So I’m struggling with what I can say about “Stairway to Heaven” that is encouraging and complimentary because the whole episode felt wrong.
For one thing, the angels were denigrated to inanely stupid beings. They chose sides in an epic battle for heaven by bowling! At least they could have used a dramatic game of chance like Baccarat or Russian Roulette…or drawing straws! The angels en masse returned to being loyal to the megalomaniac who caused all their problems in the first place simply because of one speech full of obvious bating and propaganda. After a climactic decision to accept leadership a few weeks ago, Castiel suddenly can’t string three words together to adequately explain himself, to counter Metatron’s accusations or to explain why killing Dean goes against everything he is trying to exemplify. “It’s complicated” was a ridiculous response from someone who has learned so much about motivation, right and wrong. Metatron was reduced to a caricature of his former, maniacal self when he was depicted as a nerd trying to be popular. [The same thing was done to Abaddon, by the way. The unstoppable Knight of Hell sipped martinis then stood helpless and slack-jawed when the Mark of Cain proved itself to be a worthy opponent. It’s almost as if the antagonists this season needed to be downgraded to weak simpletons in order to be defeated by the heroes of the story.]
The dialogues and the settings also just didn’t match what was happening. Popular culture references and cheap humor were over used in an episode that was should have been dark, filled with revulsion that Metatron had brainwashed allies into being angelic kamikaze squads who targeted their own kind; or that Dean was obviously losing himself to rage and blinded violence. Instead of building suspense and hope as Castiel approached the supposedly long-sought backdoor to Heaven, we were given a gag about spinning blades and Raiders of the Lost Arc. A grotesquely burned former friend was found amid a cheesy, silly depiction of Castiel’s Heaven (I realize that was a last-minute substitute for what the writer originally had in mind, but both the first and the last idea should have been thrown out!).
Which brings me to what I feel truly went wrong with this episode, and as a matter of fact, the prior episode as well.
The emotion was all wrong.
The episode that precedes the season’s climax should build a sense of dread, defeat, horror, foreboding and fear. Metatron is winning the war. Dean is losing himself. Castiel has been betrayed. Sam can’t get through to his brother. Humans and angels are being indiscriminately slaughtered, and both heaven and earth are on the brink of being ruled by a cruel new god. Instead, the settings were ice cream parlors, bowling alleys and prom dance halls. Opponents made fun of Metatron. Castiel and Sam calmly considered the changes they were noticing in Dean. Metatron’s strategic, climactic move to convince opposing angels to defect was delivered from his arm chair via a video conference call.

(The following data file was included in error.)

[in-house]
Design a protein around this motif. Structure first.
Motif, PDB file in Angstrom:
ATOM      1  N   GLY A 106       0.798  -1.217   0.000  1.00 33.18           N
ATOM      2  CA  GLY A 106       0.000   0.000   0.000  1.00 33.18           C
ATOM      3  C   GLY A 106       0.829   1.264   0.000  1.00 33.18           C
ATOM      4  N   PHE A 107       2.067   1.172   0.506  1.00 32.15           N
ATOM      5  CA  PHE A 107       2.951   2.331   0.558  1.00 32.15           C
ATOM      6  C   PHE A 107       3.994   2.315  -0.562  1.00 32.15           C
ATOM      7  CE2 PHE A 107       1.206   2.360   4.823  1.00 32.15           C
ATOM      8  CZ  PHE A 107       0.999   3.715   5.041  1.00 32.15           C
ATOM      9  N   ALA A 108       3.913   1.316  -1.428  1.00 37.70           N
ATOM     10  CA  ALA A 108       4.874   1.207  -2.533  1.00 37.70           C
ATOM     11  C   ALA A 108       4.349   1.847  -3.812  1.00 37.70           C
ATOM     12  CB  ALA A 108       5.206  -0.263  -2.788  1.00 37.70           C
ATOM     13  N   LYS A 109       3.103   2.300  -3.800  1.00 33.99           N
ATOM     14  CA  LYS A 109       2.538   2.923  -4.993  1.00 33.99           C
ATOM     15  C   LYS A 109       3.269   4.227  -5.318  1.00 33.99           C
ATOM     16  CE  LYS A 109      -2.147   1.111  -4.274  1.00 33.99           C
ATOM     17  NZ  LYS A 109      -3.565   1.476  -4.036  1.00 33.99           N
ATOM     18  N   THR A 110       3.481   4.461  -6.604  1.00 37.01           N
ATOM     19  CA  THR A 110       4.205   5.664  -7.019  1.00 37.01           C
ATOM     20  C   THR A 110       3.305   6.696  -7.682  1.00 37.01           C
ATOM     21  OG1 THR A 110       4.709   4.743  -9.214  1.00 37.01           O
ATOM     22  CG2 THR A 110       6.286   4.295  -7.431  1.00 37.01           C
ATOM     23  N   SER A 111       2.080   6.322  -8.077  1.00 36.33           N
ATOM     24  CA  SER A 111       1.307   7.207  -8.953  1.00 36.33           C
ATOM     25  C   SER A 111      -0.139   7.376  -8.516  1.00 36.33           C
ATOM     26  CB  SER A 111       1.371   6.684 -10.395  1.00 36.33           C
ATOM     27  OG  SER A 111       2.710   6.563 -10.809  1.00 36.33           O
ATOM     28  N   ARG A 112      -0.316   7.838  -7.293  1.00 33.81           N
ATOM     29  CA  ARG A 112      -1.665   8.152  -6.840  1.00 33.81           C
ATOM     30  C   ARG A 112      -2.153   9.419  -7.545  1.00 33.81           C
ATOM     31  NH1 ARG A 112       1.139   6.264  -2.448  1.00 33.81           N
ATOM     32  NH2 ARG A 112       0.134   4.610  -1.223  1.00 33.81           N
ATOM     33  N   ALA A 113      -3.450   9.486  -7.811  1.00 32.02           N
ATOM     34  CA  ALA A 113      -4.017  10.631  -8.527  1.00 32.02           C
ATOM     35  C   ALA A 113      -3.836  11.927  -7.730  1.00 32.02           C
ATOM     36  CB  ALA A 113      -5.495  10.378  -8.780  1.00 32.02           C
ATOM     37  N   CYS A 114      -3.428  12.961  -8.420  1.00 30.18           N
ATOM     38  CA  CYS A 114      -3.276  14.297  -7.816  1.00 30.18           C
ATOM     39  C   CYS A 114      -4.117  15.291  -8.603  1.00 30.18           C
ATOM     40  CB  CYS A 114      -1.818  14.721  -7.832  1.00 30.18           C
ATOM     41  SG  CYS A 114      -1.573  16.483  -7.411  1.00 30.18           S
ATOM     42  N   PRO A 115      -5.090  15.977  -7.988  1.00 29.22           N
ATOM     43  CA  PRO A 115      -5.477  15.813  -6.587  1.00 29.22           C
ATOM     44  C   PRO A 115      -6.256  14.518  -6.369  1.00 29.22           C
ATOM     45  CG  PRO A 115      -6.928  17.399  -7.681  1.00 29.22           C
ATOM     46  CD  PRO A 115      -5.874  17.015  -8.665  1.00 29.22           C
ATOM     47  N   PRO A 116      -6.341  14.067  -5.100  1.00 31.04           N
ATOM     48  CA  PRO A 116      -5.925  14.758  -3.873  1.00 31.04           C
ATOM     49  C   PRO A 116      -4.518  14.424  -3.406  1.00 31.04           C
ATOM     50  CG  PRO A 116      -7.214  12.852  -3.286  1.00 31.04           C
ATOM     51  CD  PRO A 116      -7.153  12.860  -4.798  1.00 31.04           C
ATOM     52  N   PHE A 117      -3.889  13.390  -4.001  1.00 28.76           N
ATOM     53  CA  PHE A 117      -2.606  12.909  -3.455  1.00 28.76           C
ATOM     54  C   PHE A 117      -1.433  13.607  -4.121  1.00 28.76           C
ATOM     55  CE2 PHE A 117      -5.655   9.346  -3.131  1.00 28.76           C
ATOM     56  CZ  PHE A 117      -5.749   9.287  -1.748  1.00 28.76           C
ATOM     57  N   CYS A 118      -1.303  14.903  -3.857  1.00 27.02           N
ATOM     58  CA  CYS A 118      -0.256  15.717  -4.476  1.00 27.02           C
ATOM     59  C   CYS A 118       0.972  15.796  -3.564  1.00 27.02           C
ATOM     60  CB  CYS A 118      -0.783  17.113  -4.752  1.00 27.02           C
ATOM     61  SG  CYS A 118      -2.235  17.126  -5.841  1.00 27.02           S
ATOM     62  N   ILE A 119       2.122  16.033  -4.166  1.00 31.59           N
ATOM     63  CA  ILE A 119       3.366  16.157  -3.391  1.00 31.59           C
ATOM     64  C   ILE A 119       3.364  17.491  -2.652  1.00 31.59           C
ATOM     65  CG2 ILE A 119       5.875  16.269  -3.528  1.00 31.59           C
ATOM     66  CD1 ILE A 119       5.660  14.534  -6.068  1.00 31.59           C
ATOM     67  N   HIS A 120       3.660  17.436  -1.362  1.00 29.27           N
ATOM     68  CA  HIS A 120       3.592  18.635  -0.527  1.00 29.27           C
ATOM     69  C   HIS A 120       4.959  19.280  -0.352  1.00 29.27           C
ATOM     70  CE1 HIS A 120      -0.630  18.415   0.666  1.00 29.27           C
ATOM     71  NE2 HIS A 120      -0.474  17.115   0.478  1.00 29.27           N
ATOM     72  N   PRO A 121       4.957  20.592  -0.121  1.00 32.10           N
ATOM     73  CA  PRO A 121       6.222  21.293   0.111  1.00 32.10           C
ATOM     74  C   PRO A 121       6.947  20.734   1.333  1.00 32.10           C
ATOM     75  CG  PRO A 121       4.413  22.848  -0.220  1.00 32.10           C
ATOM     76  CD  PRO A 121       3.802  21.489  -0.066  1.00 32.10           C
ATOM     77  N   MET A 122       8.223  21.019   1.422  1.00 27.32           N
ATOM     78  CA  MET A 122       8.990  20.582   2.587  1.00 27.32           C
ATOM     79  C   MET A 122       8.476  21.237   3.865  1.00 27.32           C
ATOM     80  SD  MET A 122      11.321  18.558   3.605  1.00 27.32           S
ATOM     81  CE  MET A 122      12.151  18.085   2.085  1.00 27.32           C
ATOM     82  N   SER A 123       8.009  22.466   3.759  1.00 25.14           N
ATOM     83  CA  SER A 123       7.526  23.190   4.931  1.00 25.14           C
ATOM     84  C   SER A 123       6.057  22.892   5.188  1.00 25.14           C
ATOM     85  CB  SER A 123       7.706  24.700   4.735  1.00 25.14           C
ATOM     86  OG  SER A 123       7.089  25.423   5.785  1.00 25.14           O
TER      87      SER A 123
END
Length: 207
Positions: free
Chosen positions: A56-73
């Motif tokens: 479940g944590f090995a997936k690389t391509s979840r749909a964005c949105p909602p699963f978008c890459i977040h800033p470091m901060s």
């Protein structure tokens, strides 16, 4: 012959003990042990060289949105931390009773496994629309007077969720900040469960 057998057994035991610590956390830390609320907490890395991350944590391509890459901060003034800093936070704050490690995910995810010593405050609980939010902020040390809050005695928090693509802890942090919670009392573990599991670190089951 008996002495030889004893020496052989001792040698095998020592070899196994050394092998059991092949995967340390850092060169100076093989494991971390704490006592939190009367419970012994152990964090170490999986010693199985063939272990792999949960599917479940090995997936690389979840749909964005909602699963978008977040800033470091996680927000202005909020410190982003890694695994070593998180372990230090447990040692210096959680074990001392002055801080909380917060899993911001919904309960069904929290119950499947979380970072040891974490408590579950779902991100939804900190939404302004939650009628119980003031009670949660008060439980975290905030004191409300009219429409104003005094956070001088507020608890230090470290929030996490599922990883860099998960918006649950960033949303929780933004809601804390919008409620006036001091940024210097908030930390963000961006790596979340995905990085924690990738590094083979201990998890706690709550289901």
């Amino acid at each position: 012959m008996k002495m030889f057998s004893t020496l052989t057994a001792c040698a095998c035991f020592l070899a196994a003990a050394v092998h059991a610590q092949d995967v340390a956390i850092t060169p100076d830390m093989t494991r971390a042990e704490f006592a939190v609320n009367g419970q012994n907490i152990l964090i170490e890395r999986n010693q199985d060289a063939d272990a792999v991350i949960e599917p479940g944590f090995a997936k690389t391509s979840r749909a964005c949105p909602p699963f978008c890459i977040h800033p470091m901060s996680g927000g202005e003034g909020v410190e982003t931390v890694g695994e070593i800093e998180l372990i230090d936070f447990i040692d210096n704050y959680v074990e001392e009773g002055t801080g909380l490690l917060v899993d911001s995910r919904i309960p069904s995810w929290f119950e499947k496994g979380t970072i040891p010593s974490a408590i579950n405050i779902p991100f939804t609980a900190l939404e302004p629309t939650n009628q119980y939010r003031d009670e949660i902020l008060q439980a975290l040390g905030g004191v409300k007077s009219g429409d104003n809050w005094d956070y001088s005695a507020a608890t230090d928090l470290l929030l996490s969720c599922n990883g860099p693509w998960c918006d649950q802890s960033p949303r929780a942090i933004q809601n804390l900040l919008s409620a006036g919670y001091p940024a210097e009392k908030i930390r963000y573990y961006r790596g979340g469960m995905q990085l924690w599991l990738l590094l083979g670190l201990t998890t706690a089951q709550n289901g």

Instead of saying “Wow!” when the episode was over, my reaction was “What was that?”
So while I mourn the lost opportunity for an epic episode, and truly remain perplexed as to exactly what the writers intended, there were still highlights in the story.
I liked Gadreel. His change of heart was convincing and well-timed.
I liked seeing Tessa again. I adore her character, her relationship with Dean, and her soft but authoritative voice. She should not have been killed just to make a point.
I liked the dramatic ending. Dean’s rage was jarring and his attack on Gadreel was shocking.
I liked Castiel's Black Light hand, and his "I got this. I don't got this." humor which worked perfectly. Then there was this...
I’ll end on those positive notes, because when all is said and done, even with a few missteps, I still love Supernatural.
Dean perfectly portrayed Nate’s reaction to “Stairway to Heaven”:
He sent me a few other gifs as well, but you get the point.
I hate writing negative reviews. I hate sounding whiny, bitchy, needy, and demanding. It's too readily and easily misread as an indictment of everything, and that's not what I intend. Ever.
I love Supernatural. I appreciate everything that everyone involved with the show pours into it. The cast and crew give it their all, all the time, and it shows – and I love that. I thank them for that. I hold them close to my heart for that, because I know they love the show as much as I do (if not exactly in the same way), and not just because it's a meal ticket for them.
But even creator Eric Kripke acknowledged that some episodes just aren't good. It might have been a bad idea overlooked in the heat of the creative moment, or a good idea derailed by cost constraints, or something done to accommodate the requirements of a studio or a network, or simply a mistake recognized too late to correct it. But for whatever reason, "Stairway to Heaven" doesn't work.
My takeaway: I had a tough time with “Stairway to Heaven” when it first aired and sadly, the rewatch didn’t change my mind. Andrew Dabb took the prize away from Ross-Leming and Buckner for worst script of the season and it’s a shame the battle was close. This episode highlights the pacing issues, the continuity issues, the plot issues . . . sigh. However, there is some good stuff peeking out here and there, so I’m going to first mention what I didn’t like and spend more time on what I did.